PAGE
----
Emily Walker was on the first Board of the EBRD in April 1991 and reflects on the tumultuous first 2 years of the Bank set up to lend to the Former Soviet Union after the fall of the Berlin Wall.
The EBRD was set up at arguably one of the most significant moments in 21st Century history – the fall of the Berlin Wall. And while there are many international financial institutions (IMF, World Bank, Asian Development Bank, African Development Bank, among others), the EBRD was the first multilateral institution set up to lend to the private as well as the public sector, but also importantly only to countries who were pursuing “democracy”. Politics and private sector norms had theretofore NEVER been included in a mandate for a multilateral institution. And there were good reasons for their inclusion in the EBRD at a significant time in reshaping the post-War history.
Unfortunately, the lofty goals were lost in translation between the President of the EBRD, Jacques Attali, and the Board resulting in his dismissal and a setback for the Bank. The G-7 (Group of 7 industrial countries at that time) was dealing with a change no one had predicted, but which was welcomed with awe and inspiration. We were living the dream. Communism was defeated. And while the EBRD was one of many initiatives to help move the countries in that region to the “western” democratic and private sector approach, it was a very important piece of the arsenal in the pockets of Western democracies. And we all took it very seriously.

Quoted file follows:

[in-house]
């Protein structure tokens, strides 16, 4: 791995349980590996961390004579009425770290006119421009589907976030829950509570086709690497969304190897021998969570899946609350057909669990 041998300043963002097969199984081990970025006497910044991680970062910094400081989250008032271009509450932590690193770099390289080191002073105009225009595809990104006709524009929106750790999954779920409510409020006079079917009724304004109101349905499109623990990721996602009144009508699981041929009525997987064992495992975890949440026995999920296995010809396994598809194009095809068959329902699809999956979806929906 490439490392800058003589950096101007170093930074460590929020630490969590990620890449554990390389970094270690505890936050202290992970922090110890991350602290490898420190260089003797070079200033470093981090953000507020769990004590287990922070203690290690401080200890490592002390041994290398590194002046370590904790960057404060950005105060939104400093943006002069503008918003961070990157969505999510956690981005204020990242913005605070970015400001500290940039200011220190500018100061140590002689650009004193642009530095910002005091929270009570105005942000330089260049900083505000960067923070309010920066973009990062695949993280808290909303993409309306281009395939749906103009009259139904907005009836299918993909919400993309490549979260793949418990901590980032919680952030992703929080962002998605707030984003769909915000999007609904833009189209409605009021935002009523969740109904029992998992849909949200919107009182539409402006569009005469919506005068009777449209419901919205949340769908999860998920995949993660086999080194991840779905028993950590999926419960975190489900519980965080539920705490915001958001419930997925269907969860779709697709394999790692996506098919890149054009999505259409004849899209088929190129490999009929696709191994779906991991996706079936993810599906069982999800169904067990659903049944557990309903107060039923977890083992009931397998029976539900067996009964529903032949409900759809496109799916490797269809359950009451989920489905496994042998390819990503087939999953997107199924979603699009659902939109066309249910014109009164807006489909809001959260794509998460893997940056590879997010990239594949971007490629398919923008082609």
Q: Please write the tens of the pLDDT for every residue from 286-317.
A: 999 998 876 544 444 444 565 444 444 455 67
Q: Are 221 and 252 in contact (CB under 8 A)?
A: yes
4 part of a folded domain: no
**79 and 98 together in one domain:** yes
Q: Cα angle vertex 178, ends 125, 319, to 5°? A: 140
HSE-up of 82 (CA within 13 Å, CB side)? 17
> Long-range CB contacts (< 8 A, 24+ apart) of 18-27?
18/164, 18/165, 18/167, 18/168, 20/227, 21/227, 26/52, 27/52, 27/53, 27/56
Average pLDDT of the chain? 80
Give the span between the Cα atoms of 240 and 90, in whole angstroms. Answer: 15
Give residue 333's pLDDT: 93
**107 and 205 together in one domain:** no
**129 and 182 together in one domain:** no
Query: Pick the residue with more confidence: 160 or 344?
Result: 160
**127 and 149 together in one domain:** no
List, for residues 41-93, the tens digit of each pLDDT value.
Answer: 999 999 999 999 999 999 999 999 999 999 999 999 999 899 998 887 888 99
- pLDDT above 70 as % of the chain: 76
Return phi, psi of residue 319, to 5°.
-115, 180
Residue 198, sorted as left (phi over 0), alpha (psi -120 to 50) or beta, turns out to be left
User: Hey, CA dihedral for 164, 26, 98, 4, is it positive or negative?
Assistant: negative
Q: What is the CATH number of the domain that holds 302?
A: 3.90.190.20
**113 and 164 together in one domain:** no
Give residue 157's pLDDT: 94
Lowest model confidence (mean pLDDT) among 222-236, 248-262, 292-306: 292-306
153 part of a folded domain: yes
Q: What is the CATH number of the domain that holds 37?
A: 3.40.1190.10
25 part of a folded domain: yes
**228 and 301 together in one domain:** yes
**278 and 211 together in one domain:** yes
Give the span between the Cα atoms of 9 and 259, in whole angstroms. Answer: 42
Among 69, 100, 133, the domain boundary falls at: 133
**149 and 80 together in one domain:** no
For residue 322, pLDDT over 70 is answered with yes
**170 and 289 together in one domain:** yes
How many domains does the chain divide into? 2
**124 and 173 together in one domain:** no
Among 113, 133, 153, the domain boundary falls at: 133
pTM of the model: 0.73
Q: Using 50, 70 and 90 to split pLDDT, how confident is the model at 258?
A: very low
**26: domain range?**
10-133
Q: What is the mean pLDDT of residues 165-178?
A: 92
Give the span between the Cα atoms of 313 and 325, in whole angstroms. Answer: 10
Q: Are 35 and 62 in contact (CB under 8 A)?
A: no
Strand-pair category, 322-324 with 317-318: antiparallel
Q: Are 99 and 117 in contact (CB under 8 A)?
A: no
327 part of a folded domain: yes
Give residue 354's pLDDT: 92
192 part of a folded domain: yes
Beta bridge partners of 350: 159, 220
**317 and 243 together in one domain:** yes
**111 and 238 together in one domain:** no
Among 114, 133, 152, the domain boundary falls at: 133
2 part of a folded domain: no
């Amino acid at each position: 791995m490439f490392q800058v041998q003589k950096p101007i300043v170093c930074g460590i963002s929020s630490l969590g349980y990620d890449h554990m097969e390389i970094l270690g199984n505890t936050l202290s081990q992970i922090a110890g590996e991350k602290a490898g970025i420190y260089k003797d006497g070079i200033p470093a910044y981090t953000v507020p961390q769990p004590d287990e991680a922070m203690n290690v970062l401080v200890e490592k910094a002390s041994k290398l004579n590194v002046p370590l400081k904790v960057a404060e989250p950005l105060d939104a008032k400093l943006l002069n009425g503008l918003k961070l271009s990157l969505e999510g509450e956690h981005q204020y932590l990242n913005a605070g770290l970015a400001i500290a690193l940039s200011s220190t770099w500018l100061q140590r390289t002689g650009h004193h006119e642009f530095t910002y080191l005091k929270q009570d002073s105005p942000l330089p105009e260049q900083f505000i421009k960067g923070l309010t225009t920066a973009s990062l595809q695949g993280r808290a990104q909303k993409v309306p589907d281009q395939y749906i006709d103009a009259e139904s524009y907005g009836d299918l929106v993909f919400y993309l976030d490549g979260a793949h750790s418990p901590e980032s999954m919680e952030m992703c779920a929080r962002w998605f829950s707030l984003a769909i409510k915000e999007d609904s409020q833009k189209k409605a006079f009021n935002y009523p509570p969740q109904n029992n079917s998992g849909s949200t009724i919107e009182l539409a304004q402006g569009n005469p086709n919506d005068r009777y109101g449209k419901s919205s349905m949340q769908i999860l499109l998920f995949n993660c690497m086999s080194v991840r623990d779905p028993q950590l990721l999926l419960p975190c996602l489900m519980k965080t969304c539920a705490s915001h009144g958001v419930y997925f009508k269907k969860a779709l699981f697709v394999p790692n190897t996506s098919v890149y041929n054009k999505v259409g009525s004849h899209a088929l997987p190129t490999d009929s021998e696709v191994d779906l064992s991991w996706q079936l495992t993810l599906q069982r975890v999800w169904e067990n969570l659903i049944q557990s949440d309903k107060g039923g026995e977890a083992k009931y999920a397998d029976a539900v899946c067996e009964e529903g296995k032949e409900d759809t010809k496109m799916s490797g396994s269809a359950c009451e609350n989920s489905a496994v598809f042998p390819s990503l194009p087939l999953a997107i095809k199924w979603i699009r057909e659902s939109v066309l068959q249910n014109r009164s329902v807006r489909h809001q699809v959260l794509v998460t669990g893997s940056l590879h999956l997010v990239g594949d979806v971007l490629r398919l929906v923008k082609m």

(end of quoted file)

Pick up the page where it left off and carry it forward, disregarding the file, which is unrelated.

So what happened? The President failed to follow other multilateral norms and as happens in all good stories that end badly – the press got wind of it and the storm resulted in his early departure in spite of the fact, as he claims, that he was a “founding father” under then French President Mitterrand.
Having represented the United States on the Board of the EBRD at that time (and yes the only woman in the photo), the story remains etched in my permanent memory (along with my colleagues on the Board at that time with whom I remain close). The scandal that surrounded the Bank from inception 25 years ago until the departure of its first President in July 1993 handicapped the Bank from delivering its mission. The choice of the leader, struck in bargains by the G-7, fundamentally derided the EBRD from achieving early goals that left a legacy difficult to erase.
Next month, when the EBRD celebrates 25 years of achievements, I wonder whether or not it would have been different if the beginning were not tarnished. At the anniversary, it is time to reflect. And I will. More to come.